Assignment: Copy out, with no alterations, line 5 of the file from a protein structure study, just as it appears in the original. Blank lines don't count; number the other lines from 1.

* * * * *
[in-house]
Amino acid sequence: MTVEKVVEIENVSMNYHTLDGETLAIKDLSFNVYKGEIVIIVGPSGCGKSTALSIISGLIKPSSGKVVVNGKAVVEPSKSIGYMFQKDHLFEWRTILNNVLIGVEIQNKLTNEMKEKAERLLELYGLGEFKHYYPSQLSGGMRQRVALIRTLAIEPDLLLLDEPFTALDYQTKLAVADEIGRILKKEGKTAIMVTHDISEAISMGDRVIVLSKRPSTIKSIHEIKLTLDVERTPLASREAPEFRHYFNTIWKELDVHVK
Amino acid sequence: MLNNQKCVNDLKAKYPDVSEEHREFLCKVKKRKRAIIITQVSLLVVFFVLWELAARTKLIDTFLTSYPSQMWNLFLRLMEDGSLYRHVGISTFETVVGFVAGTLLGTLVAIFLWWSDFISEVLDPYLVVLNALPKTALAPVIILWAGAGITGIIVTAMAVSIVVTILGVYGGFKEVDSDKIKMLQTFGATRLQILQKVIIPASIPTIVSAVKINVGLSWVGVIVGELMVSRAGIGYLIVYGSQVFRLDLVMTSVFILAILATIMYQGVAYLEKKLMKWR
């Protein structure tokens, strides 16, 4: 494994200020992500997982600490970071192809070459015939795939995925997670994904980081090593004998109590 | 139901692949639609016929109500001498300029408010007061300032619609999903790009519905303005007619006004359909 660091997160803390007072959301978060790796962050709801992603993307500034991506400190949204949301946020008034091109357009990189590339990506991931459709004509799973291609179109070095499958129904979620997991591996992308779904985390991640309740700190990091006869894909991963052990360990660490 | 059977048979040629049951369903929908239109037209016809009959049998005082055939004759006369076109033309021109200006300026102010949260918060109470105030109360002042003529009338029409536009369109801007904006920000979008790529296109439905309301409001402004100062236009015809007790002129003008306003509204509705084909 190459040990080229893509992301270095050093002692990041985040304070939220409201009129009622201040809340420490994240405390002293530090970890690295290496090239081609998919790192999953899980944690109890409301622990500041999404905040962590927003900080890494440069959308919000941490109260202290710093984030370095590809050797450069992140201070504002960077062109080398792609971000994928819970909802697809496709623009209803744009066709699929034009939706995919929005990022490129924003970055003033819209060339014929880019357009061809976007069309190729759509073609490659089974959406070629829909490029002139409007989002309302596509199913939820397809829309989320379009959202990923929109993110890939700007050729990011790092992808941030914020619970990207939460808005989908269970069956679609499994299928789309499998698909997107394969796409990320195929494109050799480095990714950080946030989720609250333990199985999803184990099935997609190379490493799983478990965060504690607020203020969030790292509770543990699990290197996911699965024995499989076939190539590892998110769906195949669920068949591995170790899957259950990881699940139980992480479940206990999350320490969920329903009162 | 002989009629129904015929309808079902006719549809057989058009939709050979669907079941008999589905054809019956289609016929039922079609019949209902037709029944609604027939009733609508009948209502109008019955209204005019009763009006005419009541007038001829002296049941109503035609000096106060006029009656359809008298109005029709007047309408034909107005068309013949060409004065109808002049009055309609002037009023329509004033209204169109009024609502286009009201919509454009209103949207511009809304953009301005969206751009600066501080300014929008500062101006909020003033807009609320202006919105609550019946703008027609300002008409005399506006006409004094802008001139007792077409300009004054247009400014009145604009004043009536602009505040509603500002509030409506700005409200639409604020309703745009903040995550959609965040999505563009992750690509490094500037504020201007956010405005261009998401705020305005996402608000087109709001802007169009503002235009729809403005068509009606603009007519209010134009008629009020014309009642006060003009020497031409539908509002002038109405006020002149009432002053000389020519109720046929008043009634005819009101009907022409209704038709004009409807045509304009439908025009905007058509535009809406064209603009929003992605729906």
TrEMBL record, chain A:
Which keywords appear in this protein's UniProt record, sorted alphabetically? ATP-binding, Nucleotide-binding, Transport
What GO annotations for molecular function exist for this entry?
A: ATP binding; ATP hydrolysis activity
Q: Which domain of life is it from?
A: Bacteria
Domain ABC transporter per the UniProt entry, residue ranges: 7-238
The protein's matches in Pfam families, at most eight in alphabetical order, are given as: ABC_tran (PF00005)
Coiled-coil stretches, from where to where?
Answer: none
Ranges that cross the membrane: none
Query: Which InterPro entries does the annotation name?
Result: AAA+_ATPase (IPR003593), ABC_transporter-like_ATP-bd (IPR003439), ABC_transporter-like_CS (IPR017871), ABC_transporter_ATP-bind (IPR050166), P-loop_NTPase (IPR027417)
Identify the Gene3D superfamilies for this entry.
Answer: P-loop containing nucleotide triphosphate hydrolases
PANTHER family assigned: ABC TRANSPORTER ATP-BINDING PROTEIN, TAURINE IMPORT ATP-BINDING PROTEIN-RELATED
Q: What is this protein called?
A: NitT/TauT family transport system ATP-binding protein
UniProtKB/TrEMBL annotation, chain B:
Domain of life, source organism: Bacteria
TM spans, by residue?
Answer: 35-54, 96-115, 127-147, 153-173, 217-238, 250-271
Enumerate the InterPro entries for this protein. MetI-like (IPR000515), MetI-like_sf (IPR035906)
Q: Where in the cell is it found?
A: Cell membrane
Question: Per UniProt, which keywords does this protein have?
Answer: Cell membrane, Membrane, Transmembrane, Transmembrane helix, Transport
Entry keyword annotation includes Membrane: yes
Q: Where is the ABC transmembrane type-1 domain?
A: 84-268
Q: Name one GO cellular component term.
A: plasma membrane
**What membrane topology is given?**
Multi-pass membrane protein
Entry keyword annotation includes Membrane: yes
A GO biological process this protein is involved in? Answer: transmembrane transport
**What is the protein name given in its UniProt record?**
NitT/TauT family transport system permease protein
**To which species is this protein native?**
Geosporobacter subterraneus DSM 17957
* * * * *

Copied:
TrEMBL record, chain A: